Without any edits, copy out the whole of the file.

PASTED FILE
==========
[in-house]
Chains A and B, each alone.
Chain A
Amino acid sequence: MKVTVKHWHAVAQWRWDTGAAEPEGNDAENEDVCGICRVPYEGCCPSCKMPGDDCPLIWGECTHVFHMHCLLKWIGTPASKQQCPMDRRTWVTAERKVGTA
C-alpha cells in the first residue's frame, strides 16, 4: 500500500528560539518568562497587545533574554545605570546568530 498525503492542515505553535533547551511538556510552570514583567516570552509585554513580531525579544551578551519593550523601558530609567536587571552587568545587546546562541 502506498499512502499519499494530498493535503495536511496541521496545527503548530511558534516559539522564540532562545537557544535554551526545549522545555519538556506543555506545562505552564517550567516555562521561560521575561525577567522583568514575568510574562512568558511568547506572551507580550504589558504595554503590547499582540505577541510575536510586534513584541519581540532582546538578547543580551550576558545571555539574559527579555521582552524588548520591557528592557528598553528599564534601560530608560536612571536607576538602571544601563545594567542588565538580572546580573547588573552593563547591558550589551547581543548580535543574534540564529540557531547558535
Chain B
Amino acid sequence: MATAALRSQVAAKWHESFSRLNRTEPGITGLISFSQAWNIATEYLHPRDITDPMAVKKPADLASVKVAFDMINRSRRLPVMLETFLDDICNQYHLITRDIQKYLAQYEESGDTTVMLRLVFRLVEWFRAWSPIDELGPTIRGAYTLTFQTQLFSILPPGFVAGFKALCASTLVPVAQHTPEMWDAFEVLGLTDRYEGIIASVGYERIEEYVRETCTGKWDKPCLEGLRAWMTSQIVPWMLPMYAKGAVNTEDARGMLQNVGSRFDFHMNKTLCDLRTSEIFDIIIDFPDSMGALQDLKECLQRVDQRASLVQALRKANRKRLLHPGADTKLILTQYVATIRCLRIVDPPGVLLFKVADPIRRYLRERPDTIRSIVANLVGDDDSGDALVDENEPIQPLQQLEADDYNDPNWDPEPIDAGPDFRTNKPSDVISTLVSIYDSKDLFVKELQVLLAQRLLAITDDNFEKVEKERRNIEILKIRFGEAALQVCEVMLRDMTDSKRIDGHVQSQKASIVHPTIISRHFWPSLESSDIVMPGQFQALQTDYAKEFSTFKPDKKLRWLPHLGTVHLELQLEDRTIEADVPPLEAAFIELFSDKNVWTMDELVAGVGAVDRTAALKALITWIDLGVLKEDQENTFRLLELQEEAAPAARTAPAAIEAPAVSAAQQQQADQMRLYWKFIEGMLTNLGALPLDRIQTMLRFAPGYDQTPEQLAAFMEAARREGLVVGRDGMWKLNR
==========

[in-house]
Chains A and B, each alone.
Chain A
Amino acid sequence: MKVTVKHWHAVAQWRWDTGAAEPEGNDAENEDVCGICRVPYEGCCPSCKMPGDDCPLIWGECTHVFHMHCLLKWIGTPASKQQCPMDRRTWVTAERKVGTA
C-alpha cells in the first residue's frame, strides 16, 4: 500500500528560539518568562497587545533574554545605570546568530 498525503492542515505553535533547551511538556510552570514583567516570552509585554513580531525579544551578551519593550523601558530609567536587571552587568545587546546562541 502506498499512502499519499494530498493535503495536511496541521496545527503548530511558534516559539522564540532562545537557544535554551526545549522545555519538556506543555506545562505552564517550567516555562521561560521575561525577567522583568514575568510574562512568558511568547506572551507580550504589558504595554503590547499582540505577541510575536510586534513584541519581540532582546538578547543580551550576558545571555539574559527579555521582552524588548520591557528592557528598553528599564534601560530608560536612571536607576538602571544601563545594567542588565538580572546580573547588573552593563547591558550589551547581543548580535543574534540564529540557531547558535
Chain B
Amino acid sequence: MATAALRSQVAAKWHESFSRLNRTEPGITGLISFSQAWNIATEYLHPRDITDPMAVKKPADLASVKVAFDMINRSRRLPVMLETFLDDICNQYHLITRDIQKYLAQYEESGDTTVMLRLVFRLVEWFRAWSPIDELGPTIRGAYTLTFQTQLFSILPPGFVAGFKALCASTLVPVAQHTPEMWDAFEVLGLTDRYEGIIASVGYERIEEYVRETCTGKWDKPCLEGLRAWMTSQIVPWMLPMYAKGAVNTEDARGMLQNVGSRFDFHMNKTLCDLRTSEIFDIIIDFPDSMGALQDLKECLQRVDQRASLVQALRKANRKRLLHPGADTKLILTQYVATIRCLRIVDPPGVLLFKVADPIRRYLRERPDTIRSIVANLVGDDDSGDALVDENEPIQPLQQLEADDYNDPNWDPEPIDAGPDFRTNKPSDVISTLVSIYDSKDLFVKELQVLLAQRLLAITDDNFEKVEKERRNIEILKIRFGEAALQVCEVMLRDMTDSKRIDGHVQSQKASIVHPTIISRHFWPSLESSDIVMPGQFQALQTDYAKEFSTFKPDKKLRWLPHLGTVHLELQLEDRTIEADVPPLEAAFIELFSDKNVWTMDELVAGVGAVDRTAALKALITWIDLGVLKEDQENTFRLLELQEEAAPAARTAPAAIEAPAVSAAQQQQADQMRLYWKFIEGMLTNLGALPLDRIQTMLRFAPGYDQTPEQLAAFMEAARREGLVVGRDGMWKLNR